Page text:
Saturday, November 26, 2011

Sound and Movement

Once the binky came into his life, G was a new baby. I think we should have bought stock in Gerber, though, because we bought so many of the NUK pacifiers we could have paid the CEO's salary ourselves. We never wanted to be without one because of how much it soothed our little man, and because they went EVERYWHERE with us, we were always losing them.
   I was often told I needed to take his pacifier away so he would start talking, but I didn't care. He made enough noise in the first five months of his life that I was okay with a minor speech delay(if indeed the pacifier would cause that) if it meant a happier boy and more peaceful home.
   At about 9 months, G decided he could break away from Mama every now and then, and he wanted to move. He, of course, would not be doing it in the conventional style. Instead he chose his own style of Army crawl. He'd stretch his arms out in front of him, dig his fingers into the carpet and pull himself forward with his legs swimming out to the sides and only the tips of his toes helping to propel himself forward. As a former nanny I had worked with a child with significant gross motor delays and did her occupational therapy work with her daily to help her learn to crawl(at 18 months), so I tried a bit of that on my G. He would have NONE of it. He did it his own way and anyone who tried to intervene would get screamed at through clenched teeth gripping his binky, or screamed at and bit if his binky was absent. As always, my boy did it his way and his way only.
The first of many big boo-boos by clumsiness
   About the time he turned 11 months old, my boy stood one day and walked. He did it with such confidence you'd have thought he'd been walking around his crib for months while everyone else slept. He wasn't particularly graceful, but what new walker is? He had this graceful way about his steps, though, always seeming to be tipping forward with most of his weight on the balls of his feet and his tippy-toes. This fancy style of ballet-walking, however, meant A LOT of boo-boos. He was forever losing his balance and falling head-long into SOMETHING. One particular evening I had the night off and was doing some cleaning in the kitchen while my husband was working on homework in the living room when we heard a blood-curdling scream come from our bedroom. We both sprinted to the sound and found our little guy kneeling at the end of our bed with blood pouring from his mouth. A wet washcloth helped us briefly see inside his mouth and found that his two front teeth on the right side were pushed in and twisted, and a gouge of flesh had been taken from between the two. At that time our apartment was across the street from the hospital so I put the washcloth on G's chin, grabbed my wallet with the insurance cards inside into my husband's pocket and he ran out the door with the screaming baby. Our daughter and I quickly packed a diaper bag and shortly followed in the car. From what we could tell it seemed he'd walked into our bedroom and done one of his famous trip-and-face-plants into our bed frame mouth-first. Several hours, and a melted ice pop in the emergency department later, the doctors decided that stitches would probably be far more traumatizing than helpful, and his incessant binky-sucking habit would keep the saliva flowing and his wound clean.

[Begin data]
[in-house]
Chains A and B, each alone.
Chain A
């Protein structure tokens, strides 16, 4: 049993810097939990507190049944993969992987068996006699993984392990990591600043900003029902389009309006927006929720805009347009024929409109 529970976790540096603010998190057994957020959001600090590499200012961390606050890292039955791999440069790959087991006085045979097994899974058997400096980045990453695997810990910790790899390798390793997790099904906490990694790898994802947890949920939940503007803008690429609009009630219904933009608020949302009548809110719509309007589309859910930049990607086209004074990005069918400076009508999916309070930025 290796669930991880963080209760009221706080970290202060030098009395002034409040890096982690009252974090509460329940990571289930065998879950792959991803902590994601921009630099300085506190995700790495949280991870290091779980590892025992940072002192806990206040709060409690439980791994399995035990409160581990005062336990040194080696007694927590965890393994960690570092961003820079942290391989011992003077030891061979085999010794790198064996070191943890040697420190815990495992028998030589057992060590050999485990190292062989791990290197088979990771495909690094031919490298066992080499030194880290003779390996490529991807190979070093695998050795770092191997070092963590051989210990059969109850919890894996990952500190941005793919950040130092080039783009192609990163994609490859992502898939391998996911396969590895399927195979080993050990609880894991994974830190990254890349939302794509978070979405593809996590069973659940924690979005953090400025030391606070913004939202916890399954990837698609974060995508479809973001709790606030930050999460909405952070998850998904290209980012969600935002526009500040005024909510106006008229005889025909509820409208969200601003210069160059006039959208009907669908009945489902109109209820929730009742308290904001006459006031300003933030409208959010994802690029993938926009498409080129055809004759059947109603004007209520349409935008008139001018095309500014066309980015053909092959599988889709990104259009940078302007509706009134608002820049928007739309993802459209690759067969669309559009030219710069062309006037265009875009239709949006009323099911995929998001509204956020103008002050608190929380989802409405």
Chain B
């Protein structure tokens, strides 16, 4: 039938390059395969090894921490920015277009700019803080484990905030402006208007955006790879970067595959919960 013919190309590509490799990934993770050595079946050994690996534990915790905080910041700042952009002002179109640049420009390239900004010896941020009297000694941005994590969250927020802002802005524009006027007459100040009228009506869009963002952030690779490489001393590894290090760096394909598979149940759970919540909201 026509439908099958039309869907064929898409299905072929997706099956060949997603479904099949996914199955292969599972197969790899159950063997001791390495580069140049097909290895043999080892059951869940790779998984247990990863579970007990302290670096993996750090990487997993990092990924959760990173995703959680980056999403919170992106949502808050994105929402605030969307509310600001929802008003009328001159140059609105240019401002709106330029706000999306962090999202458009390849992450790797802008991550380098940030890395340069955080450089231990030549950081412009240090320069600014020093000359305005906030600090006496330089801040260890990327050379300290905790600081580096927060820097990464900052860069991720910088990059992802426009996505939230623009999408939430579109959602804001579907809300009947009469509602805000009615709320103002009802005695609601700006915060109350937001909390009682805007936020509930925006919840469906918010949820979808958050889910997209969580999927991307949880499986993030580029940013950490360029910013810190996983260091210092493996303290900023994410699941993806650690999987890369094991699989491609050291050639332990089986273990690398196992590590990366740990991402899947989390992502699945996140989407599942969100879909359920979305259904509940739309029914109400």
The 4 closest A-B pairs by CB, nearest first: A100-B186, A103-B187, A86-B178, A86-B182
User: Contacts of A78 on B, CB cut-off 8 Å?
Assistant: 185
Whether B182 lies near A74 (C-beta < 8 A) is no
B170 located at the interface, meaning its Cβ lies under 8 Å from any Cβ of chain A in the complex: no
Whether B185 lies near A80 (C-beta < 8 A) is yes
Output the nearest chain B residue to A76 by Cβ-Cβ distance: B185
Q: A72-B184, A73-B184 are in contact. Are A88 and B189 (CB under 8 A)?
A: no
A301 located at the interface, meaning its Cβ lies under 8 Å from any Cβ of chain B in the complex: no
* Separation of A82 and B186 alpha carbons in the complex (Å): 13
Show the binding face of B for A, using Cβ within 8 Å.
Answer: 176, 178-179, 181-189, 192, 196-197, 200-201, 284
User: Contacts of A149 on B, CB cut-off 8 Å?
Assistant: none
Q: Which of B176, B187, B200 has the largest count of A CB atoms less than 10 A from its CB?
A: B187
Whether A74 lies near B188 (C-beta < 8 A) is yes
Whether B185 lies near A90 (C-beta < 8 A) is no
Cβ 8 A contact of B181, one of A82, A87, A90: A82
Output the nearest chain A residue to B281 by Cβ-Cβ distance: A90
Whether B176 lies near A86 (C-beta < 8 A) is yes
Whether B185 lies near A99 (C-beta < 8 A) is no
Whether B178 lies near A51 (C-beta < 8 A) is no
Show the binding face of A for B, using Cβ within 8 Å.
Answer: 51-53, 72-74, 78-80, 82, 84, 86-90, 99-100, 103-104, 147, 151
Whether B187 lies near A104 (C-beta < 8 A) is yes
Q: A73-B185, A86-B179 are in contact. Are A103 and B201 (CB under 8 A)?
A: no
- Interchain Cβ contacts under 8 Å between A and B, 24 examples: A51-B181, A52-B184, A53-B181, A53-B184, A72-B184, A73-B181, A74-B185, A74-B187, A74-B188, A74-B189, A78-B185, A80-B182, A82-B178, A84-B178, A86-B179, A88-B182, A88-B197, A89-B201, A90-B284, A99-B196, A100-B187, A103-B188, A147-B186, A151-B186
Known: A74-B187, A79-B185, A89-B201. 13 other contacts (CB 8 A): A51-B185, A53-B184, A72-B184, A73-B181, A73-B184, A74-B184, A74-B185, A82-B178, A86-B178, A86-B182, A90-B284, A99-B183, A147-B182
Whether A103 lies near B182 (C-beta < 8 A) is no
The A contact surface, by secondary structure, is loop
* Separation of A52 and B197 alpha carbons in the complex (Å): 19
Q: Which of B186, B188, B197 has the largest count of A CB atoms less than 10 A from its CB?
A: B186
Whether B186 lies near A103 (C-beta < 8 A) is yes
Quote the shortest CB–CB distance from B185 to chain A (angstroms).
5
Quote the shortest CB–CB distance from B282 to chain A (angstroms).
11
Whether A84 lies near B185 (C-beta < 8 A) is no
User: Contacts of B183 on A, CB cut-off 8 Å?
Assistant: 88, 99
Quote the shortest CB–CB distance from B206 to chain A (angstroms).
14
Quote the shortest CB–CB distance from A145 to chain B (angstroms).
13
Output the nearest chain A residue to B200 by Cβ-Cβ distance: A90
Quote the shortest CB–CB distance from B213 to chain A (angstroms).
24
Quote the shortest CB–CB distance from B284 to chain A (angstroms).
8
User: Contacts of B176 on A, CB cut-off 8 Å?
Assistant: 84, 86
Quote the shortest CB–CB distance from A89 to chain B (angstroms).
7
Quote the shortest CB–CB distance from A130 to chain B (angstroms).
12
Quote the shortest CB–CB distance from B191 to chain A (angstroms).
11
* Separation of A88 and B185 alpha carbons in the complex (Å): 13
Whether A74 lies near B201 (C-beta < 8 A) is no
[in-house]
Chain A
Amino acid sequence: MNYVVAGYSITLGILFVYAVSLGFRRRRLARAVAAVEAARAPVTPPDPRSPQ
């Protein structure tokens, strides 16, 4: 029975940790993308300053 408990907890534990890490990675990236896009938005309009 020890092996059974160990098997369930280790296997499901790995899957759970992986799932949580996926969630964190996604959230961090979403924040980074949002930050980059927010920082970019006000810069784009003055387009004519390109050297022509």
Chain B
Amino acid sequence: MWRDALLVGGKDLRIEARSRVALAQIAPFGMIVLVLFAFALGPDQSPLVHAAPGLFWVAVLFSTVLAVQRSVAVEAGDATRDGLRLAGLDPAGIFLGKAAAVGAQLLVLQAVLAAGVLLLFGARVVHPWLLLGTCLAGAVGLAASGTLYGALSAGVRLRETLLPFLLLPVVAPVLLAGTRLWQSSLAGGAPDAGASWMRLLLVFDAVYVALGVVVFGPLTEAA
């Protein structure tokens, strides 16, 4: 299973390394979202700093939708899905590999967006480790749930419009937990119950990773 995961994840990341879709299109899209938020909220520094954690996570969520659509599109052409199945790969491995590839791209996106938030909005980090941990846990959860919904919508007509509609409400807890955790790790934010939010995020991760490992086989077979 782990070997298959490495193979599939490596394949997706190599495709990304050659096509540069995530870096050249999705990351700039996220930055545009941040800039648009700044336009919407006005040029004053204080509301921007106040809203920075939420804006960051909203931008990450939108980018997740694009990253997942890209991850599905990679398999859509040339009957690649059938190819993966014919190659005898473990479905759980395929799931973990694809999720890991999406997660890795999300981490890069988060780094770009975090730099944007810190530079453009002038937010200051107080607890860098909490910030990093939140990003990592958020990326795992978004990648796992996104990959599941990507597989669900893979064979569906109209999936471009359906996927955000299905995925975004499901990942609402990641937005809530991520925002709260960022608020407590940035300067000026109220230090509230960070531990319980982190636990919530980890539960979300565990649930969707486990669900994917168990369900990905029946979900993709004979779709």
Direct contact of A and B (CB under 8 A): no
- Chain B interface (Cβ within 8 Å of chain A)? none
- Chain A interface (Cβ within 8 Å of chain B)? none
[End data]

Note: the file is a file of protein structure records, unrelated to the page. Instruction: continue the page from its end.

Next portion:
Enjoying a hike from his tight and secure wrap
   Aside from crying and laughing, however, my boy never said much. He didn't coo or babble. As long as he was happy he just seemed content to sit back and watch with his enormous brown eyes everything and everyone around him, rarely interacting with any of it. Wore him on my back in some type of baby carrier all the time because he hated strangers. ANYONE unfamiliar approaching him would get what we came to call his 'stranger alarm'- a loud "EEEH!" that sounded much like a buzzer. If they stranger did not heed his sound and step back(and they often did not), he would erupt into screams of terror. As he grew older all it took was eye contact from a stranger across the room, across the produce display at the store, etc, and he would begin to scream. He just seemed to have this enormous bubble that no one dare enter or else.
   About this time(11 months old) G started some behaviors that were not necessarily odd, but the frequency with which he did them was frightening. One of his favorites was to bash his head against the nearest hard surface when he was in any way upset. We would cringe as he would have his fingers pushed away from the oven door and he would collapse in screams and begin repeatedly bashing his head on the ceramic tile floor. Other times he'd seek out the hardest surface, appliance or nearest wall to smash his head against at the slightest upset. Surely it had to hurt. Surely he wouldn't be spared serious damage simply because he was barely a year old and it was self-inflicted. Once again we received the same message from everyone, doctors included: It's normal. He's a boy so he's more aggressive in his tantrums.

1 comment:

  1. ohhhh, lands.......This is gonna be so helpful megan...thanks so much for the candid way you're sharing :)


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